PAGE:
After the Baptism of his baby brother in church, little Johnny sobbed all the way home in the back seat of the car. His father asked him three times what was wrong. Finally, the boy replied, That priest said he wanted us brought up in a Christian home, but I want to stay with you guys.
Perhaps we can all relate to this joke in one way or another; after all, there is no denying the fact that for many Catholics, baptism is the first and last time they see the inside of a church! And unfortunately, even for those who practice their faith on a regular basis, there is often little sense of the connection between the faith professed at Mass on Sunday and how we live out that faith the rest of the week.
That’s why today’s feast of the Baptism of the Lord is so important! For it not only reminds us of the grace and mercy of God we received when we were first welcomed into the Church as children of God and washed clean of the stain of original sin, but it serves as a powerful reminder of how at Baptism we receive the call to participate in the ongoing mission of salvation, and that’s a lifelong commitment!
Just as we heard from the prophet Isaiah in today’s first reading that the servant of the Lord is called to be a light for the nations, to open the eyes of the blind, to bring our prisoners from confinement, and from the dungeon, those who live in darkness, so are we called by virtue of our Baptism to share Christ’s healing and liberating presence with others at home, in the workplace, at school, at the supermarket, or behind the wheel of the car. Wherever we are is where we are called to be Christ for others!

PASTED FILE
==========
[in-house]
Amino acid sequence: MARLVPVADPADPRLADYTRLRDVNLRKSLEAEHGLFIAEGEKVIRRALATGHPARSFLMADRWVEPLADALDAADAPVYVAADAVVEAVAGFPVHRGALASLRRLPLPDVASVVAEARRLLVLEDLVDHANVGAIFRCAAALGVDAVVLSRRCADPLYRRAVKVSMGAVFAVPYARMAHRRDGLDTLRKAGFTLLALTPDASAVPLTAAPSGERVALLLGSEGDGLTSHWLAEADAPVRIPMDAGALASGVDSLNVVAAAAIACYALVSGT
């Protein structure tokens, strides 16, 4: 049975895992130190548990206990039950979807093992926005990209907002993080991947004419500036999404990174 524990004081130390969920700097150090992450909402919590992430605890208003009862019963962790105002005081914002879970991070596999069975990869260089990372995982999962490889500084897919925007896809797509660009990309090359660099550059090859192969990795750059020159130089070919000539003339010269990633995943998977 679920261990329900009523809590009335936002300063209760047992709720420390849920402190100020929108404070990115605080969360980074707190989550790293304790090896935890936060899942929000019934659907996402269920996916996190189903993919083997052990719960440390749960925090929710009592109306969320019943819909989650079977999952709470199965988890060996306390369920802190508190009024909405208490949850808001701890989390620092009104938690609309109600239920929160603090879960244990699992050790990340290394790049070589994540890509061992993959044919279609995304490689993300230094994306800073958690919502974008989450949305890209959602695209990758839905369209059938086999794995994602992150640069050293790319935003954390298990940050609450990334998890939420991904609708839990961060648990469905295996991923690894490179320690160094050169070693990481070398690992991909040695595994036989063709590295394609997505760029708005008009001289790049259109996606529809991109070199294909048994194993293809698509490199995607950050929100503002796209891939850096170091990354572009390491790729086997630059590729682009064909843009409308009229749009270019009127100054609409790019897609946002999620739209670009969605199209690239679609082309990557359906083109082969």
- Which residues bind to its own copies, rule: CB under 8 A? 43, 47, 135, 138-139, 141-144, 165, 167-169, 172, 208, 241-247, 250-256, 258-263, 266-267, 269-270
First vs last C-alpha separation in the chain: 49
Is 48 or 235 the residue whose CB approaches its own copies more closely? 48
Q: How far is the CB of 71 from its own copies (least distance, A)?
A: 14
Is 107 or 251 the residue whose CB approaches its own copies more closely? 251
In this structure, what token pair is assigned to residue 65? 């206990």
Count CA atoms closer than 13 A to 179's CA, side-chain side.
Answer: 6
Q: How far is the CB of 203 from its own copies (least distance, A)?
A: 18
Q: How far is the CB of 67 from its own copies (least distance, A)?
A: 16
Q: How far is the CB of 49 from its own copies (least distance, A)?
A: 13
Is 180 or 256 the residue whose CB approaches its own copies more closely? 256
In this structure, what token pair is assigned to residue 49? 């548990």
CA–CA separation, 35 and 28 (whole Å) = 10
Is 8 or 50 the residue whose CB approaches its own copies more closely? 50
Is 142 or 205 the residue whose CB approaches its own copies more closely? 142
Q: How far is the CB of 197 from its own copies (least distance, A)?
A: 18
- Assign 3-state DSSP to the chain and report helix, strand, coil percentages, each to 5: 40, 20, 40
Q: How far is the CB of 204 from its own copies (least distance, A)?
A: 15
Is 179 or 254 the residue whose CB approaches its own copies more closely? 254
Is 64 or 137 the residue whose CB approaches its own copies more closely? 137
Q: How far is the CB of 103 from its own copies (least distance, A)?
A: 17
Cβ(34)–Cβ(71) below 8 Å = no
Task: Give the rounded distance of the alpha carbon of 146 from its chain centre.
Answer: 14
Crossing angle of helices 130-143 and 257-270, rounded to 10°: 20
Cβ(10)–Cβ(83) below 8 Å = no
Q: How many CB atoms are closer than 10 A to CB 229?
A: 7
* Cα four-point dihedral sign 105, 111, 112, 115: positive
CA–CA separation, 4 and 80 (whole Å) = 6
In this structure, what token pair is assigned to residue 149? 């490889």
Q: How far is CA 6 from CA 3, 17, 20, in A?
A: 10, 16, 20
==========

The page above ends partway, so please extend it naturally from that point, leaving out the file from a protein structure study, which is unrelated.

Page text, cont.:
How do we know this to be true? Because it was at our own Baptism that Christ first shared his light with us, when he opened our eyes that were blinded by sinfulness and selfishness, when he freed us from our enslavement to self-entitlement and greed, and when he brought us out of the darkness and loneliness of our separation from God and others so that we might live in communion with him and with all of our sisters and brothers in Christ.
Jesus accepted Baptism by John in the Jordan so as to show us the way to freedom, not just freedom from sin but freedom for living in Christ’s light and participating in his ongoing work of reshaping and refashioning the world in God’s image and likeness and of extending to all people the invitation to experience and accept a personal relationship with the One who, as we are reminded in the second reading from the Acts of the Apostles, shows no partiality but loves all of us equally and unconditionally.
May our efforts to put our faith into action by living out the call of our Baptism bear much fruit by drawing us and others closer to Christ, and may our faith journey lead us, one day, to our eternal home with God in heaven.